Database Systems: The Complete Book (2nd Edition)

Category: Programming
Author: Jennifer Widom
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by anonymous   2019-01-13

There is some lack of precision in the definitions of primary & secondary indices.

Using two popular university texts as reference:

Fundamentals of Database Systems, Elmasri & Navathe defines them as:

A primary index as an index on an ordered file where the search key is the same as the sort key

A secondary index provides a secondary means of accessing a data file for which some primary access already exists. The data file records could be ordered, unordered, or hashed.

Database Systems: The Complete Book, Garcia-Molina et. al defines them as:

A primary index determines the location of the records of the data file

The secondary index is distinguished from the primary index in that a secondary index does not determine the placement of records in the data file. Rather, the secondary index tells us the current locations of records; that location may have been decided by a primary index on some other field

Some properties that hold true for either definition above:

  • primary keys can be primary indices
  • there can be at most 1 primary index per table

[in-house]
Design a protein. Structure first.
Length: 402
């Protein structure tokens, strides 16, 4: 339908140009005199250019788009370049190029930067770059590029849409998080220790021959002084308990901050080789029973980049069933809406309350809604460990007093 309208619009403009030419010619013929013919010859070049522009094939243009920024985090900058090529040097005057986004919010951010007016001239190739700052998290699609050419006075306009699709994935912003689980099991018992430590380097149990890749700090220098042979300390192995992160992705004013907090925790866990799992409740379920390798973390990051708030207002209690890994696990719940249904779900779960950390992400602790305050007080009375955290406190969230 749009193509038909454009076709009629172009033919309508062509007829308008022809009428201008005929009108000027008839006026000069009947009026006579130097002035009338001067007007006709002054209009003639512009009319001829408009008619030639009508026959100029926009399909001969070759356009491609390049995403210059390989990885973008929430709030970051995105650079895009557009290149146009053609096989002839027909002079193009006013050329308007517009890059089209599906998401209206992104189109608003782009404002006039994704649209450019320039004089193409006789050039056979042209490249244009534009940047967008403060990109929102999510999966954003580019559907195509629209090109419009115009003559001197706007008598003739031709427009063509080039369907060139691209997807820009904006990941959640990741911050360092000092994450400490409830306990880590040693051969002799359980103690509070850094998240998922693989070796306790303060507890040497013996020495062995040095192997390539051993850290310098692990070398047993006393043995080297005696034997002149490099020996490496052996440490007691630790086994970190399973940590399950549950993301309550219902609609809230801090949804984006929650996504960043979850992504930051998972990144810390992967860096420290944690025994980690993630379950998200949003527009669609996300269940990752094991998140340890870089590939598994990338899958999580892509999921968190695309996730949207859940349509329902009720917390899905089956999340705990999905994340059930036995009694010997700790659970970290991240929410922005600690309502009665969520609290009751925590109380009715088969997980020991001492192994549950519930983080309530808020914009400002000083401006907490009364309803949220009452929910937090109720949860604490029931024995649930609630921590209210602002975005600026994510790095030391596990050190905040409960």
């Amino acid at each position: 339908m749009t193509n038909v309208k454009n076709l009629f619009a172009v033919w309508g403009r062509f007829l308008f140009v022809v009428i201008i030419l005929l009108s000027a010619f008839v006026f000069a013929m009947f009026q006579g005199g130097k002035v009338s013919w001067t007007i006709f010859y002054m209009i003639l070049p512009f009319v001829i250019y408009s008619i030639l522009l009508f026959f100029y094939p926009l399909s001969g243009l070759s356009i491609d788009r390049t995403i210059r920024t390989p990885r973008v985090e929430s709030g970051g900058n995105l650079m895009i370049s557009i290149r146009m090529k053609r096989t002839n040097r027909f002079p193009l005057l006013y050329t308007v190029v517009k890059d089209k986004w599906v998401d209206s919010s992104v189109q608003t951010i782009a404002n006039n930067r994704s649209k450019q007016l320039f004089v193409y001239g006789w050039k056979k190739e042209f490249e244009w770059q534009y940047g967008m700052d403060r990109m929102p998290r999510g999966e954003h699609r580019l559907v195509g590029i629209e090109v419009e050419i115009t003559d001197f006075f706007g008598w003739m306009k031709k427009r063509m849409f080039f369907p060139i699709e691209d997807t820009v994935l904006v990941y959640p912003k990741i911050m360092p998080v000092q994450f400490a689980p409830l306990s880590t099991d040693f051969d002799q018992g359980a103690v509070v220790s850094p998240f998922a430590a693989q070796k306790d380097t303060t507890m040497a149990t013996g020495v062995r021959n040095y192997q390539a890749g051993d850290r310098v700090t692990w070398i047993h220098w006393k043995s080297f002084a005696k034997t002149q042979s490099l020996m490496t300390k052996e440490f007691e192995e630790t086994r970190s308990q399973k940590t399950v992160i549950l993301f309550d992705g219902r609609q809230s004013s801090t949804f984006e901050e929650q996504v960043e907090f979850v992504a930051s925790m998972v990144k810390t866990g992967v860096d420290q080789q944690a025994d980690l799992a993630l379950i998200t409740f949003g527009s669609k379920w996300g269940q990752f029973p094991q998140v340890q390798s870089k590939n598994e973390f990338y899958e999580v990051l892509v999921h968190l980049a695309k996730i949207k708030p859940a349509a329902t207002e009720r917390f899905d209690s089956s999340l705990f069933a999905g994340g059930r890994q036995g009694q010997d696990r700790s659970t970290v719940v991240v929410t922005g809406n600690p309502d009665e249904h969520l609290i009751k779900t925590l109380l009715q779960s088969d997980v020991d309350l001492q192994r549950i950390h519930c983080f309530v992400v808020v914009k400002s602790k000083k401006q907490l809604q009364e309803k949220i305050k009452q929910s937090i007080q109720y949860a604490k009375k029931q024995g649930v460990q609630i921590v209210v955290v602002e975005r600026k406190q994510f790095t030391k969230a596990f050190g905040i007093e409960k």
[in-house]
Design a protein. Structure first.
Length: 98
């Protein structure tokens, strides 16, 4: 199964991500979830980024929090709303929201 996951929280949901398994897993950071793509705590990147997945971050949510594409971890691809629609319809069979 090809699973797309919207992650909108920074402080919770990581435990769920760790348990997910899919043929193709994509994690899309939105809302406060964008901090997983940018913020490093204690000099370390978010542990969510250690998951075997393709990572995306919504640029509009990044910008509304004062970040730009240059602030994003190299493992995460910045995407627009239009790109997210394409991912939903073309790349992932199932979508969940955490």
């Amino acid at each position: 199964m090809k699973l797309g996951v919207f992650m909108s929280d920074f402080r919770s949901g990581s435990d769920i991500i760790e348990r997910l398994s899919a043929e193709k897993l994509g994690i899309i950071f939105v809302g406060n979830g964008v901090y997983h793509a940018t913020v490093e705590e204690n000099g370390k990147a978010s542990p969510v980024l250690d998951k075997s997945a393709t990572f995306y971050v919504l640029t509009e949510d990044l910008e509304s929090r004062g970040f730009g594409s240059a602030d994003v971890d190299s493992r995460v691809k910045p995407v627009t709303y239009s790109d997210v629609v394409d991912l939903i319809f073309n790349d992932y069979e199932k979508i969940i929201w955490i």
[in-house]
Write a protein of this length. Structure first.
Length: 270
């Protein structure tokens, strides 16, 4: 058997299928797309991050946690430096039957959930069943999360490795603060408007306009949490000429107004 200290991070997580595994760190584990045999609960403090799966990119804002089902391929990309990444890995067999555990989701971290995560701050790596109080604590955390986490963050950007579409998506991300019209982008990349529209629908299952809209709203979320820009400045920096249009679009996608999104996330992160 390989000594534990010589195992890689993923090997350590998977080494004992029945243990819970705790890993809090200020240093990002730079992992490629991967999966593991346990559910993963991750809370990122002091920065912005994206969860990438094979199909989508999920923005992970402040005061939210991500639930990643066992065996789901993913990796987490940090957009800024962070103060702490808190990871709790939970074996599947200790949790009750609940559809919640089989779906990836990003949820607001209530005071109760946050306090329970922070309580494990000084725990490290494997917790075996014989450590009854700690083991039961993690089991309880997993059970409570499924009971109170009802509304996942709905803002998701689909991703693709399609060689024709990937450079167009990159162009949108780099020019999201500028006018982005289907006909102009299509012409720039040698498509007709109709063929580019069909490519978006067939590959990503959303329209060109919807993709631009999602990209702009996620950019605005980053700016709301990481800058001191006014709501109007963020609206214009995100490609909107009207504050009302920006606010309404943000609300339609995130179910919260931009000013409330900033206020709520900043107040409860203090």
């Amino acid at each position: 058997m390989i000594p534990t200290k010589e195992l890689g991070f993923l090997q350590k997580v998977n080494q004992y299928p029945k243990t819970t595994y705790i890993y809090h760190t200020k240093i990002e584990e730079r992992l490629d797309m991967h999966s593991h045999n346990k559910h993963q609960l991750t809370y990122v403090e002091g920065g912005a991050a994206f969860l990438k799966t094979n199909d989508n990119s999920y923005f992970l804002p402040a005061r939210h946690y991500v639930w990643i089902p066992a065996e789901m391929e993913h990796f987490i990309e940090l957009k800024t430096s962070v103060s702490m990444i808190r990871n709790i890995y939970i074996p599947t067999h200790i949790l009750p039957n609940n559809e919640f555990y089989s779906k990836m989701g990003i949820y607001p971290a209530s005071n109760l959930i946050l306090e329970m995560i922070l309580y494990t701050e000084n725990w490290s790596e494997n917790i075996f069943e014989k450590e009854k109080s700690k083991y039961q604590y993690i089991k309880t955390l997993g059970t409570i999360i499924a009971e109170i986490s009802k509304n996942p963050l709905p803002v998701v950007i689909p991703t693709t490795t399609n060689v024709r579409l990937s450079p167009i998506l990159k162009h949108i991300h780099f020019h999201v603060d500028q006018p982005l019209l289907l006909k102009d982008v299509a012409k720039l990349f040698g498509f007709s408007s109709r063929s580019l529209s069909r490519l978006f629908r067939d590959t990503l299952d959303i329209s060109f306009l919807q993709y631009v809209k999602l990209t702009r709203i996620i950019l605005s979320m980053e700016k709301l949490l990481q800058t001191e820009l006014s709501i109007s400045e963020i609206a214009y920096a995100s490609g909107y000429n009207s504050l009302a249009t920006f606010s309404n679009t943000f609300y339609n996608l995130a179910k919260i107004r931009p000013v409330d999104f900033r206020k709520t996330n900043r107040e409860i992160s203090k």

• primary indices uniquely determine where a record is kept in physical storage.
  • All other indices are classified as secondary.

However, if the placement of records in the data file is not determined by any field, then a primary index cannot be constructed.

Thus for sorted files, it makes sense to talk about the primary index (which would be the list of fields upon which the sorting is based). I can't find other examples of physical file structures where a primary index can be constructed.

Postgresql utilizes a heap structure for the physical storage for records. Heaps are not sorted (pun alert: they're sorta sorted). Therefore, even the primary keys are implemented using secondary indices, and as such all indices in Postgresql are secondary.

Other RDBMS Systems do implement storage formats that support primary indices:

  • Mysql's InnoDB calls this clustered index
  • MSSQL also refer to the primay index as a clustered index
  • Oracle calls this index-organized tables

The language in the Postgres Documentation is imprecise.

All indexes in PostgreSQL are secondary indexes

This is true.

meaning that each index is stored separately from the table's main data area

This is not why all indices are secondary in Postgresql. Primary indices may also be stored separately from the table's main data area.

by saketuec   2018-11-12
https://www.amazon.com/Database-Systems-Complete-Book-2nd/dp...